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Tag Archive: Japanese film

The Hidden Fortress: The Japanese Film that Influenced Star Wars

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  • January 16, 2017

In the next few years, December won’t only mean Christmas. It will also bring Star Wars! It began with 2015’s “Star Wars: The Force Awakens” followed by “Rogue One: A Star Wars Story” in 2016. A series of upcoming movies from the same franchise is set to be released on December for the next few years. For all Star Wars fans, the 12th month of the year sure got more exciting!

The creator of Star Wars, George Lucas, credits one of Japan’s and the world’s most renowned and influential filmmakers, Akira Kurosawa (1910–1998) for enhancing his creative juices while working on Star Wars. Kurosawa directed 30 films in his career that spanned 57 years, including the film that influenced Star Wars, The Hidden Fortress. Techniques from this film were used in Star Wars, such as narrating the story from the perspective of minor characters like R2-D2 and C-3PO. The plot and outline for Star Wars also showed strong resemblance to the plot of The Hidden Fortress, which was also reused for The Phantom Menace.

The Hidden Fortress poster.

The Hidden Fortress was told from the perspective of two lowly peasants who find themselves to be in the service of a princess and her general (similar to Princess Leia and Han Solo). The film is all about storming a large enemy fortress and coming to the aid of a princess.

Luke Skywalker and R2-D2. | Manoel Lemos

Certain elements in Star Wars also bear a strong resemblance to Japanese traditions and history. The popular Jedi knights seem quite similar to samurai warriors, the sōhei (僧兵) in particular. They were Japanese Buddhist warrior monks during Japan’s feudal years. This strikes a familiar chord to the Jedi’s iconic light saber, long flowing robes, and religious dedication to their craft. Darth Vader’s mask is also said to resemble the masks worn by samurai warriors.

Whether a Jedi or a samurai, may the Force be with you!

R.I.P. Carrie Fisher a.k.a. Princess Leia. | Tom Simpson

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Japanese Cinema: Gojira

This 1954 film by director Ishiro Honda is widely understood as an allegory for the devastation wrought on Japan by the atomic bomb. This is not Godzilla, the later remake starring Raymond Burr, but the original black-and-white version in Japanese. It is a stunning film, even with its hokey visual effects.

First, for a well-rounded foundation, here’s what rovi.com has to say—

As his visual metaphor, Honda uses a 400-foot-tall mutant dinosaur called Gojira, awakened from the depths of the sea as a rampaging nuclear nightmare, complete with glowing dorsal fins and fiery, radioactive breath. Crushing ships, villages, and buildings in his wake, Gojira marches toward Tokyo, bringing all of the country’s worst nightmares back until an evil more terrible bomb — capable of sucking all the oxygen from the sea — returns the monster to its watery grave. The original film is chilling, despite some rather unconvincing man-in-a-suit special effects, and brimming with explicitly stated anti-American sentiment.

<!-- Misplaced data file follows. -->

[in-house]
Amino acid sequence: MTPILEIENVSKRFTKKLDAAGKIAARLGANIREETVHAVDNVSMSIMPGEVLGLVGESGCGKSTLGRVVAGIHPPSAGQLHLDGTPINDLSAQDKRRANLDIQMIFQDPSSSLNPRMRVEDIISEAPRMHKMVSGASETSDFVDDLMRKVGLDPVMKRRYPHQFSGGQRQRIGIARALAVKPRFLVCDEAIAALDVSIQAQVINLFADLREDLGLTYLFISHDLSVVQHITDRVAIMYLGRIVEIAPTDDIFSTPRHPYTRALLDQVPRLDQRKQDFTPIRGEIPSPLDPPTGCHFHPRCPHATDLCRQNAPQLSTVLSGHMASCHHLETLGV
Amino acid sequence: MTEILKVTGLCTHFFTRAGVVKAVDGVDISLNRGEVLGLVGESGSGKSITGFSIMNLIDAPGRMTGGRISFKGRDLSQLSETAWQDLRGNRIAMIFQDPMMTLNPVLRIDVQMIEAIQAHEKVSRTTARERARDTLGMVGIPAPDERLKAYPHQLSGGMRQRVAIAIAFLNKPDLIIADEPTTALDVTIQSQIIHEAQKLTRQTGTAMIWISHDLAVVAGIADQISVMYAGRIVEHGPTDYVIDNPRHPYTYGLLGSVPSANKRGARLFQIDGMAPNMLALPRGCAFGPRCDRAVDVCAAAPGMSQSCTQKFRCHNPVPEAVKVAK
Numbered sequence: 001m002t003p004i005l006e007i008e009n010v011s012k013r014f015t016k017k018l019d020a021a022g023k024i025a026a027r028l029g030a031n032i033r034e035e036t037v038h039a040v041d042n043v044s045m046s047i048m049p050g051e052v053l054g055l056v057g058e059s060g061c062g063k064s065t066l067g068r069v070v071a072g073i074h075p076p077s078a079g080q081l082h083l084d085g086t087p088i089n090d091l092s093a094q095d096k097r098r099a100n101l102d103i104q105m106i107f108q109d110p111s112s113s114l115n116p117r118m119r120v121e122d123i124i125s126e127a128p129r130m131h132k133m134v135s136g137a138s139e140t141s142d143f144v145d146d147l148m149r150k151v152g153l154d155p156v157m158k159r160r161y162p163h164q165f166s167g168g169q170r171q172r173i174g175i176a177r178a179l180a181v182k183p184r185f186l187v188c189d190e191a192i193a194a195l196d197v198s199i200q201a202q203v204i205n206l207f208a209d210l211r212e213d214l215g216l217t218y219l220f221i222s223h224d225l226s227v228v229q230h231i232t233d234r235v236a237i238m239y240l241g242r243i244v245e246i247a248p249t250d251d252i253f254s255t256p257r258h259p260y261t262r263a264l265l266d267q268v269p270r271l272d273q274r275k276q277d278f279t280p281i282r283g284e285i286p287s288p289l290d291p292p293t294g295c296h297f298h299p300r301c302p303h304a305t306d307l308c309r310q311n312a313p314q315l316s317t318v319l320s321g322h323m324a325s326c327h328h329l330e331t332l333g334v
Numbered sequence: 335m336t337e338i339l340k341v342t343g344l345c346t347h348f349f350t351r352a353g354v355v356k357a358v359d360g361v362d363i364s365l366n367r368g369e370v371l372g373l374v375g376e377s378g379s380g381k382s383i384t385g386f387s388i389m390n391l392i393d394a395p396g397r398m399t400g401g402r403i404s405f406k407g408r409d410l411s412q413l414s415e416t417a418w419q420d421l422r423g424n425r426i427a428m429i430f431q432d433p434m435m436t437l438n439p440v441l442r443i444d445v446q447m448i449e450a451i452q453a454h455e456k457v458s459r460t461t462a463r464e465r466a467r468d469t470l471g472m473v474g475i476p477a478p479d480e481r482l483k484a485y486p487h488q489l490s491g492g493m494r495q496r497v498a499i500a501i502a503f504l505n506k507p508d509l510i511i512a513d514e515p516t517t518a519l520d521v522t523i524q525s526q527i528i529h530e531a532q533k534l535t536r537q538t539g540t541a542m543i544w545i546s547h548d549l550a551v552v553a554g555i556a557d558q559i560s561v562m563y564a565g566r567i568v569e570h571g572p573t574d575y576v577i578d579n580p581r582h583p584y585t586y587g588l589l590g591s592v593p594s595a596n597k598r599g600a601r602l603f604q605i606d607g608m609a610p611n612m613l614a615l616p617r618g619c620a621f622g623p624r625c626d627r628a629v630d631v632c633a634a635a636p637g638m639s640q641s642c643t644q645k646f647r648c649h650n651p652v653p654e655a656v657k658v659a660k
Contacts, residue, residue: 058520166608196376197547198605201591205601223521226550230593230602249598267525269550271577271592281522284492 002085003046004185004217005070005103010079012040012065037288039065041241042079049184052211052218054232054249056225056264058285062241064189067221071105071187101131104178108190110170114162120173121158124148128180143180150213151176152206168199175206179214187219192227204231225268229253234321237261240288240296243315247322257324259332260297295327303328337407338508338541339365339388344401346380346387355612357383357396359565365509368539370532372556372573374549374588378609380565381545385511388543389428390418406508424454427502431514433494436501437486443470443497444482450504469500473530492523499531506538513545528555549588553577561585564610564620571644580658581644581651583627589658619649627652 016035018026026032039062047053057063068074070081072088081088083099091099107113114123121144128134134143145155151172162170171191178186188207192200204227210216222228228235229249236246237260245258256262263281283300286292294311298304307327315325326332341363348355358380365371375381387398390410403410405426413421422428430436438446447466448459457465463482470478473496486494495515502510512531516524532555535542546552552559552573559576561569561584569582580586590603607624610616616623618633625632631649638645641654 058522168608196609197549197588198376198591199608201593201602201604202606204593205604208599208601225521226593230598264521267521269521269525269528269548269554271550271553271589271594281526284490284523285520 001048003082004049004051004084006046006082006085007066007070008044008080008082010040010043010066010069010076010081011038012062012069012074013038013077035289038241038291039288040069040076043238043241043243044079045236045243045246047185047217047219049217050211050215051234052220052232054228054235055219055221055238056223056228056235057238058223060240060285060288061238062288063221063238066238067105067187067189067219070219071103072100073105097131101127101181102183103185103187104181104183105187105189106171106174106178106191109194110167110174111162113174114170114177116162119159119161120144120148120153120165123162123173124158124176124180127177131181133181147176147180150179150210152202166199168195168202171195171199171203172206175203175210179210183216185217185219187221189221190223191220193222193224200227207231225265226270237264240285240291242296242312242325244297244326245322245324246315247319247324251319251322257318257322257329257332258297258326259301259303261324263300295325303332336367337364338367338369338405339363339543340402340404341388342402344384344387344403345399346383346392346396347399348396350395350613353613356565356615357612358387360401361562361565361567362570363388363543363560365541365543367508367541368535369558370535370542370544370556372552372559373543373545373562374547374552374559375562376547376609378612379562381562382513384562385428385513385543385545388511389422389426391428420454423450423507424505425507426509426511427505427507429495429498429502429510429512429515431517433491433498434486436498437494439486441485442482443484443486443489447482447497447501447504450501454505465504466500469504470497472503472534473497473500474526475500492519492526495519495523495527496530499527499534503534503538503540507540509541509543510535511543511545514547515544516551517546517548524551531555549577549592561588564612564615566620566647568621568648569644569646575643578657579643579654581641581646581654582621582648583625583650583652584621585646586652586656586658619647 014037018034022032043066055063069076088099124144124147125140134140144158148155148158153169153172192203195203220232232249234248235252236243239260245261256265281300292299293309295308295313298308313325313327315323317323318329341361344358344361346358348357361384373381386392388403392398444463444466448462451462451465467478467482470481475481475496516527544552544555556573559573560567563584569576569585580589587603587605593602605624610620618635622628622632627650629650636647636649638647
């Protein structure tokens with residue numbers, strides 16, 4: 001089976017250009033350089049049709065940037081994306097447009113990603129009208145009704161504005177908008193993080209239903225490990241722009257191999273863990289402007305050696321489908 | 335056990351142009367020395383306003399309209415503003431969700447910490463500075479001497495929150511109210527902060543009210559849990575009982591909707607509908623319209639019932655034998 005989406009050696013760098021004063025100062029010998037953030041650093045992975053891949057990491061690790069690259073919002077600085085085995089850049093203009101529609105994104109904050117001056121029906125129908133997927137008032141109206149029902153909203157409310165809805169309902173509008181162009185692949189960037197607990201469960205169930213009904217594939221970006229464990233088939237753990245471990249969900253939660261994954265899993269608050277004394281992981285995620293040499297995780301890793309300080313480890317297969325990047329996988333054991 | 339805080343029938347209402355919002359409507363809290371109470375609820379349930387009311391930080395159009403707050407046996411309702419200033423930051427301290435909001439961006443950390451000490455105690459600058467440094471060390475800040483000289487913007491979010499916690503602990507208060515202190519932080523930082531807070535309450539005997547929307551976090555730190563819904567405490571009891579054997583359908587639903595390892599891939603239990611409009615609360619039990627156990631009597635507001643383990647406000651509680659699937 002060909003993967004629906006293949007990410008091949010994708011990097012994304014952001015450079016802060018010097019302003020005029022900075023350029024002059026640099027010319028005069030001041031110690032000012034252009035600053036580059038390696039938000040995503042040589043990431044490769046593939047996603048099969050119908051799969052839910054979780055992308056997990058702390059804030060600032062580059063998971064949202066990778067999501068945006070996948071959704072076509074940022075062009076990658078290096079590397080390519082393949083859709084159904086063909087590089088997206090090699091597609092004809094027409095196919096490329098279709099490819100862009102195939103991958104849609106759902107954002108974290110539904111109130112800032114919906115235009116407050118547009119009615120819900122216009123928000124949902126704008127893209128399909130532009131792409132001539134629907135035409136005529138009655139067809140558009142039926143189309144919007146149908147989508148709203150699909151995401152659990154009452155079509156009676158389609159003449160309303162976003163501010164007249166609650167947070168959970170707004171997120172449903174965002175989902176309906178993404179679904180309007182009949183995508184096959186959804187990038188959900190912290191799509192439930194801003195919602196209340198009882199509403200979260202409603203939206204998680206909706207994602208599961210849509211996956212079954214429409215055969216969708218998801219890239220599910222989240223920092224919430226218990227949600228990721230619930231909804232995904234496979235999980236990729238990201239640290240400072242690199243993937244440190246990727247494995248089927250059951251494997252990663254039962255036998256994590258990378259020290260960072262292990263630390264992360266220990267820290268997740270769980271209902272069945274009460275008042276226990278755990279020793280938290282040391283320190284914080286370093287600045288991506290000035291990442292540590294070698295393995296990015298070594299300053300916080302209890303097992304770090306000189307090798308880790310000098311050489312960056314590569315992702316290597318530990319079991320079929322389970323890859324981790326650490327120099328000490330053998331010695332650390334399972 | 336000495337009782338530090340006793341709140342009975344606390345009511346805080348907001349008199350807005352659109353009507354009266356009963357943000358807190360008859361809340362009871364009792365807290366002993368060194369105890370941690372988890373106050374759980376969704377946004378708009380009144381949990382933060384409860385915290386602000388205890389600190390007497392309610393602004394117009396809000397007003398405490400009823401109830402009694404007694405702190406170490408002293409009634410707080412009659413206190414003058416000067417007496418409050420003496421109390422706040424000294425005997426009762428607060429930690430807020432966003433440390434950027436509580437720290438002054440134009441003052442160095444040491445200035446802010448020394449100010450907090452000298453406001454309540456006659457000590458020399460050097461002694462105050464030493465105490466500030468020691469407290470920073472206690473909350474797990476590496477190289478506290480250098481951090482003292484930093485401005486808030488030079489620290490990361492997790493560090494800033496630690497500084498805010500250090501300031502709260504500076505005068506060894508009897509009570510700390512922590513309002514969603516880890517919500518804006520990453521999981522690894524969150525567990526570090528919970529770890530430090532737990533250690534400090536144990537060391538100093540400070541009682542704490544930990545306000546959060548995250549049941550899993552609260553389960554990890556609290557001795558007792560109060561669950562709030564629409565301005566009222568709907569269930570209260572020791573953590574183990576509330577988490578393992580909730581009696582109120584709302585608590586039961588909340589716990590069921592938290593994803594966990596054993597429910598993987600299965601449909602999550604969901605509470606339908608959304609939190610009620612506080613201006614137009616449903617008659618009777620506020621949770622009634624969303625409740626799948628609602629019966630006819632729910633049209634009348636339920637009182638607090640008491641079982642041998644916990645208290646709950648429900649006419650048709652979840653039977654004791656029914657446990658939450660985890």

Wikpedia also had a nice rundown of the movie.

I must say I didn’t notice any anti-American sentiment. I did notice the following:

  • An early SOS message in the movie (dot-dot-dot, dash-dash-dash, etc.) was much more realistic—up to speed? not overplayed?—than I’ve seen it in American movies.
  • The monster itself isn’t shown for quite a while.  We’re led up to that by the very convincingly horrified expressions on the faces of the people who see the monster. Before we even get a look at the creature we’re immersed in everyone’s fear.
  • The monster’s fiery breath—okay, radioactive—was truly scary.
  • There is both a “mad scientist” and an older “voice-of-reason” scientist in the story.  The latter guy, strangely, doesn’t want to destroy the monster who is wreaking havoc everywhere.  He wants to study it and learn from it.
  • After so much horror and destruction, the ending is strangely, gently elegiac. There is an inexplicable sorrow.
  • I walked away from the movie with a sense of the interplay among risk, desperation, desecration, and inevitability.


What exactly was an example of anti-American sentiment?

At the end, the voice-of-reason scientist hopes for more Gojiras. Why is that a realistic hope?


Anyone who has thoughts on those questions, please share them!

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